Since you've indicated that you wanna go job hunting, its worth it to know that work experience in the field looks great on your CV as it does affect the admissions process.
 
  • #6
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What about the school where you are dong your undergrad? Is there an *in* by applying there?
 
  • #7
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Im guessing there really arn't any jobsfor those with a BS in Physics. lol Good thing I double majored.
I'm not an expert here, but from what I read so far, there ARE jobs for those with a BS in Physics, as not many are unemployed with such qualifications. Please someone correct me if I'm wrong.
 
  • #8
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I'm not an expert here, but from what I read so far, there ARE jobs for those with a BS in Physics, as not many are unemployed with such qualifications. Please someone correct me if I'm wrong.
I am sure someone with more knowledge will jump in here, but I tend to agree. A BS in Physics does not mean there are no job opportunities for you; it means that you might be hard pressed to find a job in Physics. But you also have to define what a job in Physics means to you.

If you want to do Physics research/academia you will probably need higher credentials, but it's not outside the realm of possibilities. However, if you want a physics 'related' job or a job that uses your problem-solving abilities that acquired through your degree program then you are probably in luck.

I would definitely not go so far as to say "there really aren't any jobs for those with a BS in Physics."

And surely your CS background will help.
 
  • #9
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What about the school where you are dong your undergrad? Is there an *in* by applying there?
lol. This is funny because I go to an impossibly small private school. There is no post graduate program here for physics. However this supposed to be one of the better undergrad programs in the country. How do I make sure that grad schools know that without seeming snobish? Do they already know this?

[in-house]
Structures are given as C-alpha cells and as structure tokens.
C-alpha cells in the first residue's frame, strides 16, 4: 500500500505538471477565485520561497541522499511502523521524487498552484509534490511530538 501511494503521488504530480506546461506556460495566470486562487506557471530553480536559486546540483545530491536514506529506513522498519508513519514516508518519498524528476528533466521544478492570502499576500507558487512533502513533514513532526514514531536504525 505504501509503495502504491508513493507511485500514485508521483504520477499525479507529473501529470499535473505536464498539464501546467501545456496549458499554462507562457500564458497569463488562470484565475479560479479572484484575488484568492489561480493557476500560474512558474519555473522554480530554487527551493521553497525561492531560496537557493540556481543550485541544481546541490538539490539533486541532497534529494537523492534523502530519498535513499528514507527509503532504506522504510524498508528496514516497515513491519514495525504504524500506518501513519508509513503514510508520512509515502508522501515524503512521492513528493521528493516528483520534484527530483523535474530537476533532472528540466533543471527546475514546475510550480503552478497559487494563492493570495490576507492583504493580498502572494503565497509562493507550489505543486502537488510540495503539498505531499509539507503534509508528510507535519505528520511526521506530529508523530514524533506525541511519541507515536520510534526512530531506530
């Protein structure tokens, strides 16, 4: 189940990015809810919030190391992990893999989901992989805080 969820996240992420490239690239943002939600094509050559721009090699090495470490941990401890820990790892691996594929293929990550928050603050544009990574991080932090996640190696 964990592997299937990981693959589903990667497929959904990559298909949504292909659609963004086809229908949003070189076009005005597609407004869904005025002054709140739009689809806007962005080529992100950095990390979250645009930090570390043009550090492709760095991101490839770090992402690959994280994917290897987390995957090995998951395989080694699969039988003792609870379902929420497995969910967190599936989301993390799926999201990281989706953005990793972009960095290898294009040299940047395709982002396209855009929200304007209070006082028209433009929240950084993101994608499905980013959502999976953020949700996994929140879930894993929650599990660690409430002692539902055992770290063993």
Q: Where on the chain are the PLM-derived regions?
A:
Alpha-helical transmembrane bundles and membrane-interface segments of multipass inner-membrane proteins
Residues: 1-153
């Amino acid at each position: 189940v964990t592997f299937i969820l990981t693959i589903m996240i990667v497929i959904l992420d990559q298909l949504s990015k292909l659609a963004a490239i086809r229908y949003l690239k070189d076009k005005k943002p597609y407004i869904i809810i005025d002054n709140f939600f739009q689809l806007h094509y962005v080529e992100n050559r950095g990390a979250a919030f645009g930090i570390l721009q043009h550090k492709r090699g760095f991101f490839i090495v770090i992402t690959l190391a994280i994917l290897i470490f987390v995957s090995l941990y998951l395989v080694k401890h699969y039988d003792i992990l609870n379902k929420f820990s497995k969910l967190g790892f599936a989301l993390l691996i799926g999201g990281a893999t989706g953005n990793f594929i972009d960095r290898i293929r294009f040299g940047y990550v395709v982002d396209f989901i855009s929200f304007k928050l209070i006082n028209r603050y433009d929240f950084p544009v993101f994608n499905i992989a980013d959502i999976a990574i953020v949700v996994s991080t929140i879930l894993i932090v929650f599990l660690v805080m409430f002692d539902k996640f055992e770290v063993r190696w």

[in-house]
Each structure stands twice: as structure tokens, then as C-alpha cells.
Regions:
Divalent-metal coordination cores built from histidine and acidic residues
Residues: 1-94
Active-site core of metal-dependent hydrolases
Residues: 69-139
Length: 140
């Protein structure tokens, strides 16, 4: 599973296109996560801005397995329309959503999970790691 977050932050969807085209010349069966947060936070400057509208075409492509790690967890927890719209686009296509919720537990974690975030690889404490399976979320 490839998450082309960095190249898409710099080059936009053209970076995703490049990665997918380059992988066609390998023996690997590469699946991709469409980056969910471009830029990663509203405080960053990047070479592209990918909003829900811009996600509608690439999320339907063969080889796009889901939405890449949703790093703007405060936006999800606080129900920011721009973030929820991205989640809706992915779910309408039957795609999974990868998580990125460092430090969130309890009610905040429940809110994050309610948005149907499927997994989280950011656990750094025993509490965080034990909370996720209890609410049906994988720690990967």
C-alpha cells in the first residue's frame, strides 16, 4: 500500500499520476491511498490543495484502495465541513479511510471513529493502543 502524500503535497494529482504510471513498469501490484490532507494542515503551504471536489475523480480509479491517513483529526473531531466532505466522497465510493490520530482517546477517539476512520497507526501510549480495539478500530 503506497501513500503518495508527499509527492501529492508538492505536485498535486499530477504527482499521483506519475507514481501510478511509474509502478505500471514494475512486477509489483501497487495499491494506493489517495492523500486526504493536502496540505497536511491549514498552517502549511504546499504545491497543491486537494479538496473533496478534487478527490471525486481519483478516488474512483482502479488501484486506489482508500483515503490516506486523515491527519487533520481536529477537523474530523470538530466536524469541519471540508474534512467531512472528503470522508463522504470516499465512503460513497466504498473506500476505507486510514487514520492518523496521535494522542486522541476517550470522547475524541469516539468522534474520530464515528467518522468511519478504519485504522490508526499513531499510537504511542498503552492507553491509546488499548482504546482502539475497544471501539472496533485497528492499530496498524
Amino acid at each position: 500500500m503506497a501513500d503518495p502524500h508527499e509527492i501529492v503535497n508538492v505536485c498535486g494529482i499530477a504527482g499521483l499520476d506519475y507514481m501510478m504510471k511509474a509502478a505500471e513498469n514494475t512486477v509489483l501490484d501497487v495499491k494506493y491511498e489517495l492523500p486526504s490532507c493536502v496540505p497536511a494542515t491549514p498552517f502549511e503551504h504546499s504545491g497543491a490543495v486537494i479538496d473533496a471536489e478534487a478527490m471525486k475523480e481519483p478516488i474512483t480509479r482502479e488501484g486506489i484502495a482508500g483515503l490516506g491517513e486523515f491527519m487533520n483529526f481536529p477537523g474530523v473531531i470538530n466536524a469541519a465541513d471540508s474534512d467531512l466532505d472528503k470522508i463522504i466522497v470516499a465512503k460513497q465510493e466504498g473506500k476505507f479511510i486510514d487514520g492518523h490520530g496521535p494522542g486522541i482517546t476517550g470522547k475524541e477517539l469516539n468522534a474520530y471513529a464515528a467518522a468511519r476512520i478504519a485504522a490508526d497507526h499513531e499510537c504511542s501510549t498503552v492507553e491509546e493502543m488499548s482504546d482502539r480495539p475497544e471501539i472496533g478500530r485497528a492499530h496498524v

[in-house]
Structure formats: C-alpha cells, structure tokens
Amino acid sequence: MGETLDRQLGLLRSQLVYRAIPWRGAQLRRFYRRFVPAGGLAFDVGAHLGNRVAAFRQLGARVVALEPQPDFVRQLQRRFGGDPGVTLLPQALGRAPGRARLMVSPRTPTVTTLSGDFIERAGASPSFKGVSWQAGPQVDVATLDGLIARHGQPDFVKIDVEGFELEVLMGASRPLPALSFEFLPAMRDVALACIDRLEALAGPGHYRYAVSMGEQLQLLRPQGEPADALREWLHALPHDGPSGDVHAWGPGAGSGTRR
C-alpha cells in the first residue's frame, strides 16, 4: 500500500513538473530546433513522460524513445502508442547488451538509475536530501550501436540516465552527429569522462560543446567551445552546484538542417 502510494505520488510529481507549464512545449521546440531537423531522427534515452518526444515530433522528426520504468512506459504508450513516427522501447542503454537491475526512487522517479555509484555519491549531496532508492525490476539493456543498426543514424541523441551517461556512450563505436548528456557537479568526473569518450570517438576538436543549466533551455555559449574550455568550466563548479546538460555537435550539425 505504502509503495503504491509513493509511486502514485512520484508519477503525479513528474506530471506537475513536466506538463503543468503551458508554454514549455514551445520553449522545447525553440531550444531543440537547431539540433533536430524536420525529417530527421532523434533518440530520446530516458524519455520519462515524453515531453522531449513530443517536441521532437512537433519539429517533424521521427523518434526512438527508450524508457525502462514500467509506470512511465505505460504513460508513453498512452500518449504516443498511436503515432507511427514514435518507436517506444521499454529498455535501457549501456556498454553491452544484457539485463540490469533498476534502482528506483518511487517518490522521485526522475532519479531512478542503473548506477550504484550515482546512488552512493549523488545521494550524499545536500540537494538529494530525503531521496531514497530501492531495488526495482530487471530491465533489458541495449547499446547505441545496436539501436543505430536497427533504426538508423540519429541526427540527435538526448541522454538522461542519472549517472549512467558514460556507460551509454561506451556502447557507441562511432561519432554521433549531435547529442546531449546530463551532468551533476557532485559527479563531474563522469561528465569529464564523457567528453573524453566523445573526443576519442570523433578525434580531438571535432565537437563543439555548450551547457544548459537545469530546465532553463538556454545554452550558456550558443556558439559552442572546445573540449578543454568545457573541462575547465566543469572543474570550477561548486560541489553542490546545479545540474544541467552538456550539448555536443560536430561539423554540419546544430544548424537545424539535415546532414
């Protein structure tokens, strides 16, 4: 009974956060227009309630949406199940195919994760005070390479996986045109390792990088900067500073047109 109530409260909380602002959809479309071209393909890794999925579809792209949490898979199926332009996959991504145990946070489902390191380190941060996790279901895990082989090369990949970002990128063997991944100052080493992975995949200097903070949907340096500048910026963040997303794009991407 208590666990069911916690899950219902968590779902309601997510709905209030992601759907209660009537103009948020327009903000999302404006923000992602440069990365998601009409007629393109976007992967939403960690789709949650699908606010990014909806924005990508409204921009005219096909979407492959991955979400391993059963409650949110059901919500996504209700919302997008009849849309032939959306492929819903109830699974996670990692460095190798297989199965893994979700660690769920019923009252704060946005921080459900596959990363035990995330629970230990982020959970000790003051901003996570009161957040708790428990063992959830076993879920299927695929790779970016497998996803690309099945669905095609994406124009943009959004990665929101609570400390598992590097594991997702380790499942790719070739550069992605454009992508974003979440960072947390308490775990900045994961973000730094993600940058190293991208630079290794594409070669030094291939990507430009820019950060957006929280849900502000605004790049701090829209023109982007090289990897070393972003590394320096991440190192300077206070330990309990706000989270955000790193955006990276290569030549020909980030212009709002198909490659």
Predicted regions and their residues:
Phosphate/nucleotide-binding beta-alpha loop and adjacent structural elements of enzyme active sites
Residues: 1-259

I'm not an expert here, but from what I read so far, there ARE jobs for those with a BS in Physics, as not many are unemployed with such qualifications. Please someone correct me if I'm wrong.
I am sure someone with more knowledge will jump in here, but I tend to agree. A BS in Physics does not mean there are no job opportunities for you; it means that you might be hard pressed to find a job in Physics. But you also have to define what a job in Physics means to you.

If you want to do Physics research/academia you will probably need higher credentials, but it's not outside the realm of possibilities. However, if you want a physics 'related' job or a job that uses your problem-solving abilities that acquired through your degree program then you are probably in luck.

I would definitely not go so far as to say "there really aren't any jobs for those with a BS in Physics."

And surely your CS background will help.

Interesting. I definitely dont want to go into academia. I thought about it, but its just too much more school. Does anyone know what kind of jobs would be available for a person with just a bachelors? I know all the possibilities in CS, but im very curious about the physics possibilities because I consider that to be more rewarding.